enter my choir stall by beginning my day with a prayer. This is the framework upon which the rest of the day will be woven'.
This doesn't have to be hard. For me, it consists of remembering God as soon as I awaken; and, quite simply, of greeting Him.
I used to fret about this. I wondered if I was doing it "right." I wanted to be reverent, but "warm and loving and real." What I have come to realize is that the actual words I say are not as important as the fact that I say something, or think something. After all, God knows my thoughts and He knows my heart.
I enjoyed a recent Post by Msgr. Charles Pope, wherein he said (here) that one of the nicest descriptions he has heard of prayer comes from Ralph Martin, in the book The Fulfillment of All Desire. Writes Dr. Martin: "Prayer is, at root, simply paying attention to God." (p. 121).
Oh, I do love this.
So: I begin my day by paying attention to God. For me, personally, this is not usually my time of lengthy mental prayer. More accurately, I could say that my morning prayer is divided into two basic sections. The first is when I wake up, uttering a brief spontaneous sentence or two as I begin the day. The second part of morning prayer is a bit more formal, when I sit down with Scripture or perhaps some holy reading - maybe when I tuck into my pocket a little book of prayer to refer to and live "a section at a time." Depending upon the duties of the day, however, the more "formal part" might come in the afternoon or evening.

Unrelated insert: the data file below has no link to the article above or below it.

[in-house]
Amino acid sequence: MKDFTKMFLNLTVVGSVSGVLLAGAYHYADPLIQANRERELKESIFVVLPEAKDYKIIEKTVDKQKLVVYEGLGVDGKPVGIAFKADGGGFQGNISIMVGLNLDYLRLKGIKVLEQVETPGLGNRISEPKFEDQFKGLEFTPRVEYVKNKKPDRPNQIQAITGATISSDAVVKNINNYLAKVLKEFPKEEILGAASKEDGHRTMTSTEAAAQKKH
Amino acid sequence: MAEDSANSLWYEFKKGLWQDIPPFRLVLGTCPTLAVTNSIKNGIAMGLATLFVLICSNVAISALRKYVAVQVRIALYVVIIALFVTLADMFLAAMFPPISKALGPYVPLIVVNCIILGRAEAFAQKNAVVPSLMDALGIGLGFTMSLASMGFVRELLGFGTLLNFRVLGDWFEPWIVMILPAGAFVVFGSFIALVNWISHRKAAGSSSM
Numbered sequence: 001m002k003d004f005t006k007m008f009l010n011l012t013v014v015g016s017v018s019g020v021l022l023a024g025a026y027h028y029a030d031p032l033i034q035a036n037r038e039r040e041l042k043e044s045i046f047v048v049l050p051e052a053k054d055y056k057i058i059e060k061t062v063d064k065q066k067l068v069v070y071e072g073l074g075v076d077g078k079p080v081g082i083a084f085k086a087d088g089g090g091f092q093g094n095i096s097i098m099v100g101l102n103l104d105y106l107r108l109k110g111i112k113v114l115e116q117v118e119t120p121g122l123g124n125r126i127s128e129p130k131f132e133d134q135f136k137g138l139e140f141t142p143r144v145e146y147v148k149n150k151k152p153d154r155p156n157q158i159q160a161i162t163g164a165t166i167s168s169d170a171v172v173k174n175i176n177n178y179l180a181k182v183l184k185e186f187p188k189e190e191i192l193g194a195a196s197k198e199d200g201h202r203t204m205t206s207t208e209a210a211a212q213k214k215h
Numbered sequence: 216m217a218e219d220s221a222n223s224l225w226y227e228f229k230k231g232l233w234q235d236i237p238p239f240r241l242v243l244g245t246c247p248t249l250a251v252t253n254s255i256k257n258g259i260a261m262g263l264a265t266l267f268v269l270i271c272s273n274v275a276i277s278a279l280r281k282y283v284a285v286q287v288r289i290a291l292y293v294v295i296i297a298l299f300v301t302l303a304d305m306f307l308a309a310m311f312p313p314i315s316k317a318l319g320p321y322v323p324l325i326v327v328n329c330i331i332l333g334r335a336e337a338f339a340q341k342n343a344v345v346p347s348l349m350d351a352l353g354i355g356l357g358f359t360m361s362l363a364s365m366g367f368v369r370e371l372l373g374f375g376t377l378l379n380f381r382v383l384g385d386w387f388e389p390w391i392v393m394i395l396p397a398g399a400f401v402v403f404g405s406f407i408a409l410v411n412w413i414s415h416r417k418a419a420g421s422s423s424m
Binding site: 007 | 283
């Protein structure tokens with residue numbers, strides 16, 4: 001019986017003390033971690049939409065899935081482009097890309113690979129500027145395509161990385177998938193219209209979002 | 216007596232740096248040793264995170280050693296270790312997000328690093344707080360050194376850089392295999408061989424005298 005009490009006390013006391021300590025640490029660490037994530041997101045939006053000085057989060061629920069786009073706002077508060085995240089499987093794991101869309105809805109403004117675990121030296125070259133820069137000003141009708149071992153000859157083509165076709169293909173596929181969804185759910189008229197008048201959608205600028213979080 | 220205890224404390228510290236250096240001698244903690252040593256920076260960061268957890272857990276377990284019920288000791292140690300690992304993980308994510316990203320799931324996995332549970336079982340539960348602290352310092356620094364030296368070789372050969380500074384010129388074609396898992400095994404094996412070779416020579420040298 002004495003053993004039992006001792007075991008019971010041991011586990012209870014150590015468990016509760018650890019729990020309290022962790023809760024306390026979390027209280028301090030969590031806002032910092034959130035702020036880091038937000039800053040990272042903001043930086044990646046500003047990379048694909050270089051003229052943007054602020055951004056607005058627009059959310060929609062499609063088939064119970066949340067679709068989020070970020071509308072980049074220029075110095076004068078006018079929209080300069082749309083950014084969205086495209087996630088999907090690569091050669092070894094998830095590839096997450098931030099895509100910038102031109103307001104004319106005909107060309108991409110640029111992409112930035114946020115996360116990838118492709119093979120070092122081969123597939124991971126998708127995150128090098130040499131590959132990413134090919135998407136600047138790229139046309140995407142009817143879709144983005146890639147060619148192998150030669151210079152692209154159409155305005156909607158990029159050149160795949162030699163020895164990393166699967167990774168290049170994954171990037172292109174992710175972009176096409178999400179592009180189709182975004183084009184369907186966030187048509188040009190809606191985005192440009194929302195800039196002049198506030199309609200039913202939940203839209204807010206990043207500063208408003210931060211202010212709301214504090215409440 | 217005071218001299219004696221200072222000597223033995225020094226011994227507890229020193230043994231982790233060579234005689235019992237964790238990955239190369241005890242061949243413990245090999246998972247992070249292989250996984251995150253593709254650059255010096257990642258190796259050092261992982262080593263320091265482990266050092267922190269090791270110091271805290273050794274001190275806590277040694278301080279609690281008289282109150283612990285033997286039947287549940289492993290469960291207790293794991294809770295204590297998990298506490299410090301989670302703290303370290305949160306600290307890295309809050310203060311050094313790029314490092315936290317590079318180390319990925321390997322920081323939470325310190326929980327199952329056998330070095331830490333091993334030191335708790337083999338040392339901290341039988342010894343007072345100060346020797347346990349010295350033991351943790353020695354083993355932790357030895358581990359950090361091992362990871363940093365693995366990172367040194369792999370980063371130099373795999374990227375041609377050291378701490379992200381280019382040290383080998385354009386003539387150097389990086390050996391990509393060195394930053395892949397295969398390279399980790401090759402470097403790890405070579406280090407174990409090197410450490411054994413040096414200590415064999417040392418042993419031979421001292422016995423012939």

Because I don't live in a physical monastery, I cannot expect to adhere to the regular by-the-bell prayer times of those who do. God does not expect this of me, either. He expects me to live the vocation He has given me. In that vocation, however, He does ask that I "pay attention to Him." If I do so first thing in the morning, I am on track for the day ahead.
It's a start.